Effectively Communicating Exempt vs. Nonexempt

February 17, 2020

Communicating exempt or nonexempt to employees

Over the course of the coming years, employers and employees will be significantly impacted by the changes to the federal Fair Labor Standards Act (FLSA) and Washington State Minimum Wage Act (MWA) related to the classification of employees as exempt or nonexempt. The changes to the FLSA took effect January 2020, but the Washington State changes begin in July 2020 and continue annually to 2028.

How employers should prepare

Employers should forecast financial ramifications for changes in labor costs necessitated by changes in the rules. Employers should also weigh the cost of raising employee salaries above the new threshold against the cost of reclassifying employees as nonexempt and paying overtime.

Once this analysis is completed, employers may determine how to best communicate with employees whose classification will need to be changed from exempt to nonexempt as a result of the increasing salary threshold.

It is important to let affected employees know that the organization conducted an impact analysis of the new regulations, looked at budgetary information, and considered the influence of other factors before determining what changes would be made within the organization.

How this information should

be communicated to employees

Depending on whether an employee is being affected, employers may use the following messages when communicating with employees:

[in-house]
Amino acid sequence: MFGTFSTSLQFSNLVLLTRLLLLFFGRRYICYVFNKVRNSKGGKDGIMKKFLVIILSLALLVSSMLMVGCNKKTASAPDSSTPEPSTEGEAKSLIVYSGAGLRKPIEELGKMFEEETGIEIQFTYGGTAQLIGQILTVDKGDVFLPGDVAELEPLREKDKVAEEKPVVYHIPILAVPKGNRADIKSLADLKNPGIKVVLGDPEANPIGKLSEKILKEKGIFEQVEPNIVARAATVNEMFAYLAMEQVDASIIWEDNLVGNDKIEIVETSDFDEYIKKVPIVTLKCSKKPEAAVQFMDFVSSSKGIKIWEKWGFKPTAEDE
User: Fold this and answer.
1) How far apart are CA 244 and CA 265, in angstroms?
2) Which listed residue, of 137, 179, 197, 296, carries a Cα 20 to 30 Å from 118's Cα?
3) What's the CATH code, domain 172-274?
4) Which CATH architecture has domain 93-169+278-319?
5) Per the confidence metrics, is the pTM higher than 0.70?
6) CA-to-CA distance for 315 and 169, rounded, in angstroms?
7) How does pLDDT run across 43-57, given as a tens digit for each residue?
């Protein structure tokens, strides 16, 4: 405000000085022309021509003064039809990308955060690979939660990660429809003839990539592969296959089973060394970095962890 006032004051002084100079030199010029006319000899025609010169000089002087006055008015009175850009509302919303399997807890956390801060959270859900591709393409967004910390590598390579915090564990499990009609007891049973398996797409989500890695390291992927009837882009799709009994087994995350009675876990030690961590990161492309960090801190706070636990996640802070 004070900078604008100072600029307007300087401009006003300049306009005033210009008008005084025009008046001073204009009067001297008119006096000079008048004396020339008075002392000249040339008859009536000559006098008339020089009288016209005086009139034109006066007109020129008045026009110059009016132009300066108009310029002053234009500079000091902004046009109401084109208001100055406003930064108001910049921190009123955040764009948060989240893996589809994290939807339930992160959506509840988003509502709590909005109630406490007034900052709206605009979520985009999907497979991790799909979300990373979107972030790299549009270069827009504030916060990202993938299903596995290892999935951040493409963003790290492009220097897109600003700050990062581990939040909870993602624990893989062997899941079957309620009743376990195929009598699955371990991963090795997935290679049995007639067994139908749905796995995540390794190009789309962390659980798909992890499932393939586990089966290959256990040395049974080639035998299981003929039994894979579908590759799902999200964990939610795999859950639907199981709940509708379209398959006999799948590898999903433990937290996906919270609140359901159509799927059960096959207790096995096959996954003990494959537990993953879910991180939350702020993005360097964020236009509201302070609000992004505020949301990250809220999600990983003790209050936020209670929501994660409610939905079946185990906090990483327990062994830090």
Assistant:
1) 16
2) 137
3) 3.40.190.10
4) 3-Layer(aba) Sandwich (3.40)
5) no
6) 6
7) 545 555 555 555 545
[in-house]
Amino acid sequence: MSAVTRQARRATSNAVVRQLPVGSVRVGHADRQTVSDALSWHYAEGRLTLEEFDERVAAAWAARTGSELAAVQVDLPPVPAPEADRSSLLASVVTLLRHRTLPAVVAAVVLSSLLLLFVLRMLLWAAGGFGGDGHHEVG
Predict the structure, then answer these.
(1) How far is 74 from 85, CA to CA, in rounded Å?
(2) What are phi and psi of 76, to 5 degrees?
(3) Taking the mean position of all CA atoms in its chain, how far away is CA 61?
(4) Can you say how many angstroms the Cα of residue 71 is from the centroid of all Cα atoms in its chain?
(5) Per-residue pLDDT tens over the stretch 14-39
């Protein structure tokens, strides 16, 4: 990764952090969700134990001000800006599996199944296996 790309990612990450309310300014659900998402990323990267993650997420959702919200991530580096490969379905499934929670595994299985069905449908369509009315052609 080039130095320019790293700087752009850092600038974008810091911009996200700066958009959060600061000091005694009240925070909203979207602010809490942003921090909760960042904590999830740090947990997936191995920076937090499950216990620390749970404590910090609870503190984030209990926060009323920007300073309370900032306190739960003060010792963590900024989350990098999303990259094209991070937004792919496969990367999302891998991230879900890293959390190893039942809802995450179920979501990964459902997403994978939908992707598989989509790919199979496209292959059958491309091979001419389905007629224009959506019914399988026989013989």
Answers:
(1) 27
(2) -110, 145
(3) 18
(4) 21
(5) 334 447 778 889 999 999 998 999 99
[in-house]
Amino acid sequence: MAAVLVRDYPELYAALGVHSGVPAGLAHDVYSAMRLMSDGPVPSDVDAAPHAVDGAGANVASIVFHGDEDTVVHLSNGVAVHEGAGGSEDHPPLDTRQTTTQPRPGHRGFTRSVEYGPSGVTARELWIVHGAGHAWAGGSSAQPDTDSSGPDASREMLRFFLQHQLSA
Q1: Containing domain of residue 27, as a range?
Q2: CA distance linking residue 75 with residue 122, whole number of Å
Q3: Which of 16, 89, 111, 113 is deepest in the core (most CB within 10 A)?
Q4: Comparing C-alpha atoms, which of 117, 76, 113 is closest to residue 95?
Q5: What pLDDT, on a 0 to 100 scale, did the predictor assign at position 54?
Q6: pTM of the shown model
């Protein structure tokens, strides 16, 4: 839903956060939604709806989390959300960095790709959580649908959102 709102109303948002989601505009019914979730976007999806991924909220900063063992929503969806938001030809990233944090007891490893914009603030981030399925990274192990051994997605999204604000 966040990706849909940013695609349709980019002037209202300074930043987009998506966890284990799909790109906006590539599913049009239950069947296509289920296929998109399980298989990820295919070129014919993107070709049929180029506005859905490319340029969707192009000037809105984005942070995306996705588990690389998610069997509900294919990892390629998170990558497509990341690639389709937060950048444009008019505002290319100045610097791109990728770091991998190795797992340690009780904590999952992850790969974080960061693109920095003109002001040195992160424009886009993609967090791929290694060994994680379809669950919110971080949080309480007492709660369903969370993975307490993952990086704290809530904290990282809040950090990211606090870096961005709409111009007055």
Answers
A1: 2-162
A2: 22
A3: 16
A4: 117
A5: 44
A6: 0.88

• You are currently exempt from being paid overtime under the federal FLSA and the state MWA, due to both your job duties and the salary amount you are paid.
  • As a result of changes to the federal and state minimum wage laws, we have analyzed your status as an exempt employee and determined that you [will/will not] continue to be exempt from being paid overtime.
    • You will continue to be classified as exempt
      • Effective [date], your salary will be increased to [$] to meet the requirements of the revised regulations.
      • Your salary continues to exceed the requirements of the revised regulations. We will monitor your status into the future and will update you should your exempt status be affected.
    • You will no longer be classified as exempt
      • Your status is changing to nonexempt (overtime eligible) effective [date].
      • You will now be paid an hourly rate of [$] and paid overtime at a rate of time and a half for any hours worked in excess of 40 hours per week.

Washington employers must keep in mind the need to re-evaluate the classification of employees as the salary threshold continues to increase to 2028. To see the schedule of when and to what amount the salary threshold will increase under the Washington MWA, please see the implementation schedule: https://www.lni.wa.gov/forms-publications/F700-207-000.pdf

Some employees will be happy about the change, while other employees may be upset about moving to a nonexempt status. Make sure that reclassified employees know they are not being demoted. Be clear that these changes are based on changes to federal and state law.

Read about a few other legal updates in 2020 here.

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